Date: Fri, 16 Jul 2010 18:12:51 +0000
Reply-To: toby dunn <tobydunn@HOTMAIL.COM>
Sender: "SAS(r) Discussion" <SAS-L@LISTSERV.UGA.EDU>
From: toby dunn <tobydunn@HOTMAIL.COM>
Subject: Re: Why you should always use a RUN statement (A SAS Gotcha)
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Headers should ALWAYS.... be at the very top of a program, the only exception is in my production code, to which I have placed my code to redirect my log and output to a different locations. The reason I did this is so I would explicitly have my header in the log files.
"Don't bail. The best gold is at the bottom of barrels of crap."
"Be prepared. Luck is where preparation meets opportunity."
> Date: Fri, 16 Jul 2010 13:52:47 -0400
> From: peterflomconsulting@MINDSPRING.COM
> Subject: Re: Why you should always use a RUN statement (A SAS Gotcha)
> To: SAS-L@LISTSERV.UGA.EDU
> Jack Hamilton wrote
> I disagree. I put titles before the item they print for, as a form of
> documentation. And I would not omit the RUN under any circumstances. In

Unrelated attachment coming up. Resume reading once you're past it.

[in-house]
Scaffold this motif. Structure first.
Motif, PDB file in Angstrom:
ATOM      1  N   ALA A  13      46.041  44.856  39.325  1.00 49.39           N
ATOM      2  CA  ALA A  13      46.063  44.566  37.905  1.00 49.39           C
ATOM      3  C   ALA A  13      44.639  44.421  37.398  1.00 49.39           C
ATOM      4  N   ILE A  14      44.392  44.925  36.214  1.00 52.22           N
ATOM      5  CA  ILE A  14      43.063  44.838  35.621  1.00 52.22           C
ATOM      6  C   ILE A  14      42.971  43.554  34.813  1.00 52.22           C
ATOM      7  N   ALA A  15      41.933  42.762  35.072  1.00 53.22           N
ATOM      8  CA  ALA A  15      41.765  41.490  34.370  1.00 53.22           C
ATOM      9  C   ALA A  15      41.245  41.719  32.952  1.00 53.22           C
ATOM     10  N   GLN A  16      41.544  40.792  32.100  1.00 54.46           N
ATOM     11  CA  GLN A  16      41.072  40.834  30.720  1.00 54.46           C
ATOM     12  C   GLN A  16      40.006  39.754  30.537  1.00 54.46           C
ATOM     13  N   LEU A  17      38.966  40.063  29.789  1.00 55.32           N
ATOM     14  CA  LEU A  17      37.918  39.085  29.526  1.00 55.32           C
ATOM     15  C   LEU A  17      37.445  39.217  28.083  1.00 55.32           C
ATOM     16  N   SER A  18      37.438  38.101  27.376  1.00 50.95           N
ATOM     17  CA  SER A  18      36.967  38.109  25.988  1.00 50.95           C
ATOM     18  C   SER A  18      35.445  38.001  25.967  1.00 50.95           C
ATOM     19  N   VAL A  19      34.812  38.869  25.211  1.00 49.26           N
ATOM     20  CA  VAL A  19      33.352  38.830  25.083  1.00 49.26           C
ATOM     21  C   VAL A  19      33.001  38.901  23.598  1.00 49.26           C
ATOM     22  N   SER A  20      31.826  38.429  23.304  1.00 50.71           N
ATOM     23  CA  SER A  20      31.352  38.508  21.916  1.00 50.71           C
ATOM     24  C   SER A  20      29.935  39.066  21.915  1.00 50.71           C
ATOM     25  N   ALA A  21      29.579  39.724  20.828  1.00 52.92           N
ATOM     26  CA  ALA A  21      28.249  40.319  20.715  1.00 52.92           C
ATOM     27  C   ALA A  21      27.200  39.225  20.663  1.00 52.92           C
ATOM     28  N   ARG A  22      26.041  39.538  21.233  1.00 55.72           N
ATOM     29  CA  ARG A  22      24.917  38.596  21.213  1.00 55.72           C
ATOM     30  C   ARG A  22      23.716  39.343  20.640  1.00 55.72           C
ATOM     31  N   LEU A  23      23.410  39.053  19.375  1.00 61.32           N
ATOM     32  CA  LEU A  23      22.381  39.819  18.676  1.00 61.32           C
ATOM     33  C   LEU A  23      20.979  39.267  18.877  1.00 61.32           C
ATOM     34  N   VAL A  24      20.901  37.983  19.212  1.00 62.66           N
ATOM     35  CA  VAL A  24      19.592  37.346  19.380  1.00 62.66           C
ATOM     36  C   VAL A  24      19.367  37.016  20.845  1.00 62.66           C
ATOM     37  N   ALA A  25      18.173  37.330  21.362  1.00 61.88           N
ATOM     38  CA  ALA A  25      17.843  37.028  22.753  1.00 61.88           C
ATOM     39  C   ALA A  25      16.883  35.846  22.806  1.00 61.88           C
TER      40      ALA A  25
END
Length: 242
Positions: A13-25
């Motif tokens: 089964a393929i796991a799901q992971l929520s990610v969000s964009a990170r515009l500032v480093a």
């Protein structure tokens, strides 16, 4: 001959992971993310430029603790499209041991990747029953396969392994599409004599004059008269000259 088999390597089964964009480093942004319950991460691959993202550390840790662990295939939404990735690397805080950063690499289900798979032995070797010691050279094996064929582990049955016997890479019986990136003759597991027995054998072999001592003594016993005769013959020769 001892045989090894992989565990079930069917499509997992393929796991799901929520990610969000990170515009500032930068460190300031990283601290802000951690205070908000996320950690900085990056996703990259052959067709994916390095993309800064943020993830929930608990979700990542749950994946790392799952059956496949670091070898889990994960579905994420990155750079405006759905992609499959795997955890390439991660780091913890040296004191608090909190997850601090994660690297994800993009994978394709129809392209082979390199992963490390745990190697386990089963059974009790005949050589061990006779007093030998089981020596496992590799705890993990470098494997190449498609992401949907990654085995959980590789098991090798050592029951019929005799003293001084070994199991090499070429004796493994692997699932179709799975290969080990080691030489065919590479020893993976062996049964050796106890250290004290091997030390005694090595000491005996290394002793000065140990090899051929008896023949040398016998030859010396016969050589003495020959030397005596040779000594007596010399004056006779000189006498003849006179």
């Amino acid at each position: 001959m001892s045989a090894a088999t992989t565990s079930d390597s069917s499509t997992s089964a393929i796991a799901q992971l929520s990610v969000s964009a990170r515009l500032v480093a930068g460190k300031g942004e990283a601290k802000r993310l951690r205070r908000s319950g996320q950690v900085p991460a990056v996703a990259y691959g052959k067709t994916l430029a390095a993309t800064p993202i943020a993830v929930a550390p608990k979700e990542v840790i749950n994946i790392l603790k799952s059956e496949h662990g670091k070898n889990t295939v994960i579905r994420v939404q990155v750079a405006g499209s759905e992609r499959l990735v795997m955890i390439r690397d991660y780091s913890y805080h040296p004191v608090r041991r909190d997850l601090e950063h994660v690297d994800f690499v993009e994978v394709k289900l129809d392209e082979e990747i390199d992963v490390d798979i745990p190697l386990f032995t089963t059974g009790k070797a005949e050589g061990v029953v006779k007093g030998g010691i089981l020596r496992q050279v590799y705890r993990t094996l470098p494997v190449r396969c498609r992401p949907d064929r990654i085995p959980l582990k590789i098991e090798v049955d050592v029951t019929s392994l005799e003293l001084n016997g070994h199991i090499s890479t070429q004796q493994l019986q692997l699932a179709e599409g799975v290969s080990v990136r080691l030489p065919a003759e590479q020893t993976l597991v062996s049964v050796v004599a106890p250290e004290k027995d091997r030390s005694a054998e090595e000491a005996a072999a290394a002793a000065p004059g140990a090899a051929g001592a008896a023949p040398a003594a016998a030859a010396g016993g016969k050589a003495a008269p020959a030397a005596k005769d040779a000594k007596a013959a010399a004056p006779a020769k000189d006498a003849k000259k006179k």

> addition to making titles work better, RUN makes the SAS log appear in the
> right place, and omitting it my cause problems with ODS output.
> I also tend to use titles as part of documentation - and it's part that my
> colleagues can see, which, if anything, makes it even MORE important that it
> is correctly placed. This also lets me divide documentation into public and
> private. Since I have had very few colleagues who actually wanted to see
> the SAS Code that I wrote, my comments are essentially private.
> I do use the RUN statements as a rule. As proof, I can say that I've been
> using SAS for 20 years or so, and this is the first time I got bit by this
> particular problem.
> But that lets me raise another question. I often see it recommended to use
> a header statement that includes a note as to the location of the program.
> But, unless you print your programs, how is this useful? If you've got the
> program open, you must have found it somewhere, right? Or is this mostly
> useful for people who share code?
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